Elsewhere, I’ve mentioned how, even in tonal music, consonance and dissonance depend on context. I consulted an ethnomusicologist friend of mine, Jason Busniewski, for non-Western uses of dissonance, and he sent me a fascinating link to Bulgarian singing, which embraces dissonance. He pointed out that Balinese gamelan purposely uses dissonance to give the sound a shimmering quality, and that the scales of Javanese gamelan have no relation to the overtone series aside from the presence of octaves. He also sent me a video of traditional Irish music, which historically used notes in between the twelve notes of Western tuning for color. These examples demonstrate that “beauty” is not a universal constant. Roscoe’s sweeping statements about music reveal his ethnocentrism. It’s not that he would deny that these examples exist, but he would probably say they are inferior to Western classical music, as John Halle strongly implied in his post on Musicology Now. It is uncomfortable to point out the assumptions of white supremacy that underlie many conversations about classical music, but they exist.
Roscoe’s charged rhetoric makes his post easy to dismiss, but his opinions are not limited to the MRA and PUA communities. Take, for example, British music journalist Norman Lebrecht. He is a prolific blogger, posting several times a day with news about the classical music world. Some of my colleagues refer to his blog as a tabloid (and they won’t be happy that I’m giving him extra attention), and his provocative posts earn him that reputation (for example, here and here). Nevertheless, he’s an influential voice in the English-speaking classical music community online, and he reaches an audience whose love of classical music forms part of their identities (as it does for mine).
Lebrecht’s blog skews conservative, with a major distrust of multiculturalism, feminist musicology, and other progressive philosophies. A site-wide search for the phrase “post-modern” reveals that he often uses it as a pejorative, an indication that things are not as good as they used to be. His audience also tends to be socially conservative—check out the comments on this post about women conductors: “I’d feel very awkward if I have to watch a standing woman’s back for 2 hours at such close distance.” This is a community of mostly white men who view themselves as the norm in the classical music community, with people of color, women, and liberals as outsiders. To them, it’s not even a matter of opinion; they believe it to be objective fact.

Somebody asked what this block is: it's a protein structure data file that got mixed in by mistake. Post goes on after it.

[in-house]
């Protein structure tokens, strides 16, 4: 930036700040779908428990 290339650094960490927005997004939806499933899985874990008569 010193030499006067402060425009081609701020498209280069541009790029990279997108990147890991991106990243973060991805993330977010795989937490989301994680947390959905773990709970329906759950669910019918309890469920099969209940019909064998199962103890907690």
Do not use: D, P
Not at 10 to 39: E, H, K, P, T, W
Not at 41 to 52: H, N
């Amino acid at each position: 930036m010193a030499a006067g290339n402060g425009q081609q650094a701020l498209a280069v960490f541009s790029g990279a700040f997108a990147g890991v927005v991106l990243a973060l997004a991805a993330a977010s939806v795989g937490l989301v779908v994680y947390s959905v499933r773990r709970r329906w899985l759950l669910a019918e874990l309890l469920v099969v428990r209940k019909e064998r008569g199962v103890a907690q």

I would prefer to think that the classical music community—as I had assumed about the country prior to the election—is mostly like me: progressive, intellectually curious, and welcoming of differences. The election suggests that many people in this country also see people of color, women, and liberals as outsiders in society, reminding me that many classical music lovers likewise do not see the world as I do, and I’m being intellectually careless when I ignore that.
In a previous post, I reflected, “One of the uncomfortable paradoxes of classical music is that, while musicians skew liberal on social issues (at least in my experience), a not-insignificant portion of the audience is socially conservative.” My point was to show how music history has been shaped by conservative tastes, leaving out unsavory parts because they make people uncomfortable. People want history to conform to certain expectations because it helps them make sense of their world. It’d be too easy to call this a conservative trait, but my surprise over the election reminds me that this is true of people all over the political spectrum.
As someone who studies the nineteenth century, I often encounter statements and incidents in which people I otherwise admire act in a way I would find deplorable today. For example, I’ve praised Clara Schumann for being a badass, but she and her husband also made several anti-Semitic comments about their friend Felix Mendelssohn (although comments like that today might get you appointed senior advisor to the President). It’d be easier to ignore that aspect of the Schumanns, but as a scholar, I understand that history has no obligation to conform to my expectations.
So, where do we go from here? My goal with this blog is, as it has always been, to reveal ways in which the popular stories surrounding classical music are inaccurate, and to explain why people prefer to believe the myths. This means questioning assumptions and facing the possibility that we may be wrong. I also hope to show what is lost when only a narrow demographic writes the story, as has been the case in music history for generations. I am not looking for history to vindicate my political convictions, but I hope that how I practice history—on this blog and in my scholarly research—can be a way to put my politics into action.
Special thanks to Kenichi Ikuno for sending me the link, and to William Cheng, Felicia Miyakawa, Jason Busniewski, and Andrew Dell’Antonio for their feedback on the many drafts of this post.